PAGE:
gehed in aqua regia, which becomes an insipid ANTIMONY is a mineral substance, of cartes, by many regcaied ablutions in waict i metalline nature, having all the seeming

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Crude ANTIMONY, is the native mine- half of the same meridian, and walk with ral antimony, melted down and cast in cones : their feet directly opposite one to another. called also Antimony in substance.

ANTIPYRETICUM (of arti and Fuzetas, Prepared ANTÍMÓNY, is that which a fiery heat) a medicine that allays the heat has part under some chymical process, by which of fevers. the nature and powers of ic have been altered AN'TIQUATEDNESS (of antiquatus, and abated.

L.) the being grown out of use or date. Regulus of ANTIMONY, a ponderous, ANTIQUE (antiquus, L.) ancient. Antique metallick powder, which, upon fusing some is chiefly uled by architects, carvers, painters, of that mineral in its crude State, links to &c. the bottom, leaving the scoria cr impurities ANTISPASIS ( from a'li, against, and on the top

#aw, to draw, Gr.) the revulsion of any Glass of ANTIMONY, is the crude anti- humour into another part. mony, and calcined by a very vehement fire ANTISTER'NON (of dili, opposite to, and in an earthen crucible, till it leaves off fum- sigrov, the breast) the back-bone. ing, and then vitrified in a wind furnace. ANTITHE'NAR (of arlo and Sivag, Gr.)

Flowers of ANTIMONY, are the volatile one of the muscles which extend the thumb: parts that stick to the subliming pot, after it is also a muscle of the great toe, arising from having been pulverized and sublimed in aludels. The inferior part of the third Os cuneiforme,

ANTINOUS (Astronomy) a part of the ana pasiing obliquely is inserted into Olja Sejconstellation, named aquila or the eagle. jamoidea.

ANTIPATHETICALNESS, the hav ANTITY PICmL 'of antitypum, L. aslie ing an antipathy, or antipathetical quality. TUAN, Gr.) pertaining to an antitype.

ANTIP'ATHY (antiparbia, L. of auto ANTIVENE'REALNESS (of riski, Gr. ma fria, of asli against, and so, the paflion) and venereus, L.) the being useful againít vesome say the reason of antipathy between nereal distempers. animals, is, that by the light of such objects Bees ANTLER, the start or branch next certain impressions are transmitted thro' the above the brow andler. fibres of the nerves into the brains, which Brow ANTLER, the start or branch next convey the animal Spirits into the nerves; the head which, upon the blood being rarified after AN'TOCOW (with Horse-doctors, a round another manner than is usual, sends into the swelling about halt as big as a man's fiút, breakbrains those spirits, which are adapted to the ing out in the breast of a horse directly afomenting or cherishing of terror. And a- gainst his heart. gain, as fluvia and spirituous steams proceed ANT, an emmet, a pismire, a small infrom the bodies of all creatures, some of sect well known. which disagree with others, chcy do excite an ANTS (Hieroglyphically) were used by the ger and hatred in each other.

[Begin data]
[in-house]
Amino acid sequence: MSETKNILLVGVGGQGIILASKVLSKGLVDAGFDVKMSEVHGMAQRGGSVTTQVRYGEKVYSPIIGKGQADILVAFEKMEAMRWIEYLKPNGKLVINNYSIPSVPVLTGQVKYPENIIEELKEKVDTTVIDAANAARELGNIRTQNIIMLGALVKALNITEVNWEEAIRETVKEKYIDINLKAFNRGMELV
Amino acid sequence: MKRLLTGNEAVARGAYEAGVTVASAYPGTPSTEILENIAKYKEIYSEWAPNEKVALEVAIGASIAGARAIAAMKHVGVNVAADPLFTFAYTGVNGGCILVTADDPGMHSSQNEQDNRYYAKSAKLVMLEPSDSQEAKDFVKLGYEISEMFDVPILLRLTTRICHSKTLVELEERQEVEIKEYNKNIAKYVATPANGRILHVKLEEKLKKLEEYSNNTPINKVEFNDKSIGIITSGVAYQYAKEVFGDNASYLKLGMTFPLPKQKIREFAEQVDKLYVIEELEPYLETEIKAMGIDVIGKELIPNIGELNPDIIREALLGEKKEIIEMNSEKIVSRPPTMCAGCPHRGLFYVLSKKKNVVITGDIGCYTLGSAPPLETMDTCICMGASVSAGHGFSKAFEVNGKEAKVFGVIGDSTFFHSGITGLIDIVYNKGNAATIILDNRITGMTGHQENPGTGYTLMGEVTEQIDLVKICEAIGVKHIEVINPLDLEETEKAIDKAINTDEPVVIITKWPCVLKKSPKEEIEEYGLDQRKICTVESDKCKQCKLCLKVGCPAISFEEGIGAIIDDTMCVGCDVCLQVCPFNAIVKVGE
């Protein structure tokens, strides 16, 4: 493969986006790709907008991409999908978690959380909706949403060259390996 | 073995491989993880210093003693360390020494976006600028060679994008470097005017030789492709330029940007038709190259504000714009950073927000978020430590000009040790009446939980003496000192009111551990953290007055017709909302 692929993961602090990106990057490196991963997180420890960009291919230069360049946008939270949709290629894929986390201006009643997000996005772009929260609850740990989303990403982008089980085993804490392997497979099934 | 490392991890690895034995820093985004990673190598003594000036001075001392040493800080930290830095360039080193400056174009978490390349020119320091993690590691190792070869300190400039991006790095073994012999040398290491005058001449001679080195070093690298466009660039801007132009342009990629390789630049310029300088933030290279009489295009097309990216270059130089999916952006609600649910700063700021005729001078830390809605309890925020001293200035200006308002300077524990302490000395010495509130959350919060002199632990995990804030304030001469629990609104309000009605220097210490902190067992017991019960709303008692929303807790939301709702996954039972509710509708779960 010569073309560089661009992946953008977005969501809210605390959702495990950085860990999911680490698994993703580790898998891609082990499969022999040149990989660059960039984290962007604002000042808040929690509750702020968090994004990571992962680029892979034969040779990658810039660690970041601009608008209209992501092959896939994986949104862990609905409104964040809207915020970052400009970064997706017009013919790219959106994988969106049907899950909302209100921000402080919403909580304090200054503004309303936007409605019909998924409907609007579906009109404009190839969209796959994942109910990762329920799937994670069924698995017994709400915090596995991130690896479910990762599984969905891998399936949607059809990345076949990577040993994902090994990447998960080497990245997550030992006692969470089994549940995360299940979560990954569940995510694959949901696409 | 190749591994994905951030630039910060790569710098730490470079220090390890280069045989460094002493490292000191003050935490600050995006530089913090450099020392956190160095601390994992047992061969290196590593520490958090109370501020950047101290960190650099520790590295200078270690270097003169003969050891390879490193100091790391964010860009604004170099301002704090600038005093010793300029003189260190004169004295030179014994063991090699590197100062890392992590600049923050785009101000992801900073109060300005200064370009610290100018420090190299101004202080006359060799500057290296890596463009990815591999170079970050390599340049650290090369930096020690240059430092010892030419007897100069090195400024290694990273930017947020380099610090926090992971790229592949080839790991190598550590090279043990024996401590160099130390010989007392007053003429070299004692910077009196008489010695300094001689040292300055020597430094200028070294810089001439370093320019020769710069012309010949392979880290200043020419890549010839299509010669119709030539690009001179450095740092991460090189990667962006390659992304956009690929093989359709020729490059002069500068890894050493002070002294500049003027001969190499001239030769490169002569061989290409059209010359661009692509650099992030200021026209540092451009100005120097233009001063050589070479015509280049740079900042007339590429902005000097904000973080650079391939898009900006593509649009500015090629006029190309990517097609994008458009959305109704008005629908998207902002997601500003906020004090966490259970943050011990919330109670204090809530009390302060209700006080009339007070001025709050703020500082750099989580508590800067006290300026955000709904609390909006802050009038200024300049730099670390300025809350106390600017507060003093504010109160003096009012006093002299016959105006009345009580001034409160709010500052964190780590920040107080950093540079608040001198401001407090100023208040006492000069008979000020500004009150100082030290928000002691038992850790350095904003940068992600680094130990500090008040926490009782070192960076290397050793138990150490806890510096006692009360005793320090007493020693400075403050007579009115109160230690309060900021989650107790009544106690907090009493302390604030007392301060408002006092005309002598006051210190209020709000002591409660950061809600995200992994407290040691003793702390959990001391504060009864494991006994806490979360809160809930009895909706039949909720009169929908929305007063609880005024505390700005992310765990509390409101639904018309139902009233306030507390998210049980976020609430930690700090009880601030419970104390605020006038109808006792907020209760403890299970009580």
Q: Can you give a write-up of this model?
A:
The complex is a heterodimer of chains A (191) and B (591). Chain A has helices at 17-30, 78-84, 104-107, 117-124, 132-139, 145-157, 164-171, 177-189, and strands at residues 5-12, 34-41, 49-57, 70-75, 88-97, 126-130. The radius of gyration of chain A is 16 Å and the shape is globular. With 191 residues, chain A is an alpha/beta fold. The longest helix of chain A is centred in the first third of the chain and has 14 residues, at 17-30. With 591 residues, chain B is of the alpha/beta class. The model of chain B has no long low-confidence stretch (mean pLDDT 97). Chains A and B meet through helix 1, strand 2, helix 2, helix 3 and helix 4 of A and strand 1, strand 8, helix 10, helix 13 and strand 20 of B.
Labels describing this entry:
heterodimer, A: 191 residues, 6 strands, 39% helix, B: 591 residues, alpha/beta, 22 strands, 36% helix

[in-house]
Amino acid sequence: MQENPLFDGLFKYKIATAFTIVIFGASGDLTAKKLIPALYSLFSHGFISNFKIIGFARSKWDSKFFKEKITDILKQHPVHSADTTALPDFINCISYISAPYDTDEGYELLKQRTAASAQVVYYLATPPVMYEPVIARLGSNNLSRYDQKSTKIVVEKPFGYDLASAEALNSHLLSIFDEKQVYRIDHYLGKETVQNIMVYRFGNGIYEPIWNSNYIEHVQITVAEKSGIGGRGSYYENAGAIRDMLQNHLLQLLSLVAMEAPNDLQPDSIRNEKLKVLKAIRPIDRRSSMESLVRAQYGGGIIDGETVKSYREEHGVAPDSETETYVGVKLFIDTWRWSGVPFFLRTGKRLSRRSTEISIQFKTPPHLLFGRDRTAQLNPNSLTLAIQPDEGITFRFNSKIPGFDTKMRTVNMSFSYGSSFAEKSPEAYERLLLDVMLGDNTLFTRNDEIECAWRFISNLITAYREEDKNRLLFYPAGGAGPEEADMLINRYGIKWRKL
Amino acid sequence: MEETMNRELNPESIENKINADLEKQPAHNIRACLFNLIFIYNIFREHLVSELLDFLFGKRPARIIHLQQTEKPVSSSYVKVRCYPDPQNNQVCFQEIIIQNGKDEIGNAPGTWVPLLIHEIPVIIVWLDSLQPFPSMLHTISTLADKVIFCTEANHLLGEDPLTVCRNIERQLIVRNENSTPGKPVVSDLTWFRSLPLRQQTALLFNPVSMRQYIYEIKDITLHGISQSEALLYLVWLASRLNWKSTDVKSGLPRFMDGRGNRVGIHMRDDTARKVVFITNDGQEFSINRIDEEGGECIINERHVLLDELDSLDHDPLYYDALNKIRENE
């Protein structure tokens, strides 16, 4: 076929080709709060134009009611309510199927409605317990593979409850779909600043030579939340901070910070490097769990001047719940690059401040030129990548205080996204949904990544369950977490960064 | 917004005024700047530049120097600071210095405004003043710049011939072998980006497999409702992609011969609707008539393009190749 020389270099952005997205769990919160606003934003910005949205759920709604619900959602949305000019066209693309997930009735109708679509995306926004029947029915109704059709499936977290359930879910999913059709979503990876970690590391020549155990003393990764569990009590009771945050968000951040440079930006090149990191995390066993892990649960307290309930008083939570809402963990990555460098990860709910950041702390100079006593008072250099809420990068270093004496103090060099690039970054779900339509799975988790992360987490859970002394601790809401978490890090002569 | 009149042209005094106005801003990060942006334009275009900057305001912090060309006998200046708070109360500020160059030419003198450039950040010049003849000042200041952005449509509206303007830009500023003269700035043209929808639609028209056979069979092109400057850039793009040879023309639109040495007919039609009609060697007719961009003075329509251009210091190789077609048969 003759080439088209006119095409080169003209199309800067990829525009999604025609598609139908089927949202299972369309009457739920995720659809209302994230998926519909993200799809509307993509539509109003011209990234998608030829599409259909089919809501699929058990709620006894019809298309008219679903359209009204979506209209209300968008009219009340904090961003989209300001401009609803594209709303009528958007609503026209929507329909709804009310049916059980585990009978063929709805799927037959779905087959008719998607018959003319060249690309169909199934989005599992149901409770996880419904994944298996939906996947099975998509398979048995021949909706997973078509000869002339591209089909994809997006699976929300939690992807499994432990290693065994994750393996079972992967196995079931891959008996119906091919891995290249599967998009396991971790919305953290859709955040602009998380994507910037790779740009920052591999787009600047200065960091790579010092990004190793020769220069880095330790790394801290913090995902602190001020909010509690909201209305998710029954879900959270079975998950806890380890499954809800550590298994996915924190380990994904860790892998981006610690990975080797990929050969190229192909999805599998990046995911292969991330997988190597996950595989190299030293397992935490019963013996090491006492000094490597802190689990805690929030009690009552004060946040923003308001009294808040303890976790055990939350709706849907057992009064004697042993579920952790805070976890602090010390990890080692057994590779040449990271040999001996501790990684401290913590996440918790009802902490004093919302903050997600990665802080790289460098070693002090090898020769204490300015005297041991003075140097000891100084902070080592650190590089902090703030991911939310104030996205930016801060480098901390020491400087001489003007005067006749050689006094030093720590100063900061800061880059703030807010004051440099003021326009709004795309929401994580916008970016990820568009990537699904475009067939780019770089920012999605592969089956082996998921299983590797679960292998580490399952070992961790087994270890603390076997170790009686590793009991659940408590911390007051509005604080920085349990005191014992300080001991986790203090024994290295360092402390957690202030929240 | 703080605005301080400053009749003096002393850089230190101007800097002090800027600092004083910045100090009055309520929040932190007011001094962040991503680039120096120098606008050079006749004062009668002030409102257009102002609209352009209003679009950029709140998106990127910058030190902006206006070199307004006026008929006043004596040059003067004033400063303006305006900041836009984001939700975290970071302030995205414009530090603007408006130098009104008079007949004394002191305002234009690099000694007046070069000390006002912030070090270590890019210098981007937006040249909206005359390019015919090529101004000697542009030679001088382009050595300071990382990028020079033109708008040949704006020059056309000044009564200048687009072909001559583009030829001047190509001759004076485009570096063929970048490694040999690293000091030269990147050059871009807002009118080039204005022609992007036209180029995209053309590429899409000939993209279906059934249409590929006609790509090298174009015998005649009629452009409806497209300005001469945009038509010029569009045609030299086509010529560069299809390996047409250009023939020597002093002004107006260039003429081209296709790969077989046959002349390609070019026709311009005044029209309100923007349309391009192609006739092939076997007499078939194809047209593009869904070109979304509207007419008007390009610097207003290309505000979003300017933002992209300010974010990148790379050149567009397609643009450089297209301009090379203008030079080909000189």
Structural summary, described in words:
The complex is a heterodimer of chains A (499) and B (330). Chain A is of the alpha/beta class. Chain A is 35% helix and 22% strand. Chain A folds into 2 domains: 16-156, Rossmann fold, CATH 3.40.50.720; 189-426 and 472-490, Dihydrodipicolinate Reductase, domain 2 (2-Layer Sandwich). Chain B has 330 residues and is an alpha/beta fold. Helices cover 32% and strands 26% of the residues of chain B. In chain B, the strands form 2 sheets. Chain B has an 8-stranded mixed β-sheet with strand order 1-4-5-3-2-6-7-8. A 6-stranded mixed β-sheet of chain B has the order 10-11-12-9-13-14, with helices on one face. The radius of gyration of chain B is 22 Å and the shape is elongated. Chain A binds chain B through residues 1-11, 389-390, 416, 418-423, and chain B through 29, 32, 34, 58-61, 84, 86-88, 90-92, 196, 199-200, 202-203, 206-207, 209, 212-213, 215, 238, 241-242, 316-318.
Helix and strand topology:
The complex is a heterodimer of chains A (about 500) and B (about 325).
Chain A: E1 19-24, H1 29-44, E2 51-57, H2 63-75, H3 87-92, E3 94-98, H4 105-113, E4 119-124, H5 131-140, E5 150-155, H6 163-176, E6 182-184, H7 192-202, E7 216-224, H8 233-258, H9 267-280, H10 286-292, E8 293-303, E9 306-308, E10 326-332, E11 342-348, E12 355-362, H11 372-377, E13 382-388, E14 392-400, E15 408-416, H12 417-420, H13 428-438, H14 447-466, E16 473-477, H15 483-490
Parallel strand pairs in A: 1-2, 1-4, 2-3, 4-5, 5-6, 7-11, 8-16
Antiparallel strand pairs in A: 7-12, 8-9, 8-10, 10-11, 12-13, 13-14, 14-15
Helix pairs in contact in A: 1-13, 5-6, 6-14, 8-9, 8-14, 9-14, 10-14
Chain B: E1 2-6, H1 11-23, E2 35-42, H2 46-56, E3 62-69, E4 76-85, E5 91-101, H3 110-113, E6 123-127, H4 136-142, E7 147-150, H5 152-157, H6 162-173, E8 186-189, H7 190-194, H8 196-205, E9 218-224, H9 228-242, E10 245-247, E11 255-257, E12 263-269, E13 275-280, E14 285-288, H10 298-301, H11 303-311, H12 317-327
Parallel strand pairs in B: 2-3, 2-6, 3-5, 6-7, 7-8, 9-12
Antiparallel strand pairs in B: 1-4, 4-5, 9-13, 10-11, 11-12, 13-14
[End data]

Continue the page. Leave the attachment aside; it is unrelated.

ancients to repreient laborious persons, diliANTIPEN'DIUM (with the Romanists) a gent and industrious in their callings. For Glver skreen, which covers the front of an anes are very laborious, industrious creatures, alter, which is hanged on with screws upon and also ready to give asistance to their fel a festival day.

lows. ANTIPERISTASIS (from alla and wi AN'VIL (anfilt, Sax.) a massy iron ingisages, Gr. to stand round) the opposition ftrument on which smiths, & c. hammer of a contrary quality, by which the quality their work. it opposes becomes heightened or interded; A Rising ANVIL, an anvil having two or the action by which a body attacked by nooks or corners for rounding any piece of another collects itself, and becomes stronger metal by such opposition: or an intention of the ANXIETY (anxietas, L.) 1. Trouble activity of one quality caused by the opposi- of mind about lome future event; suspense tion of ancther. Thus quick lime is sei oa with uneafineis ; perplexity ; folicitude. fire by the affufion of cold water; so water In the medical language, depression; lowness becomes warmer in winter than in summer; of spirits. and thunder and lightening are excited in the ANXIOUS (anxius, L.) disturbed about middle region of the air, which is continu. I some uncertain cverit; solicitous. 2. Care, ally cold, and all by antiperalta,s. This is ful; full of inquietude ; unquict. 3. Careful, an expcded principle in the peripatetick as of a thing of great importance. 4. It has philosophy

generally for or about before the object, but ANTIPHRASIS (froin ei, agains, and lometimes of. opacis, Gr. a form of speech) the uie of ANXIOUSLY (from anxious) in an anxiwords in a sense oppofite to their proper ous manner; solicitousy; unquietly ; caremeaning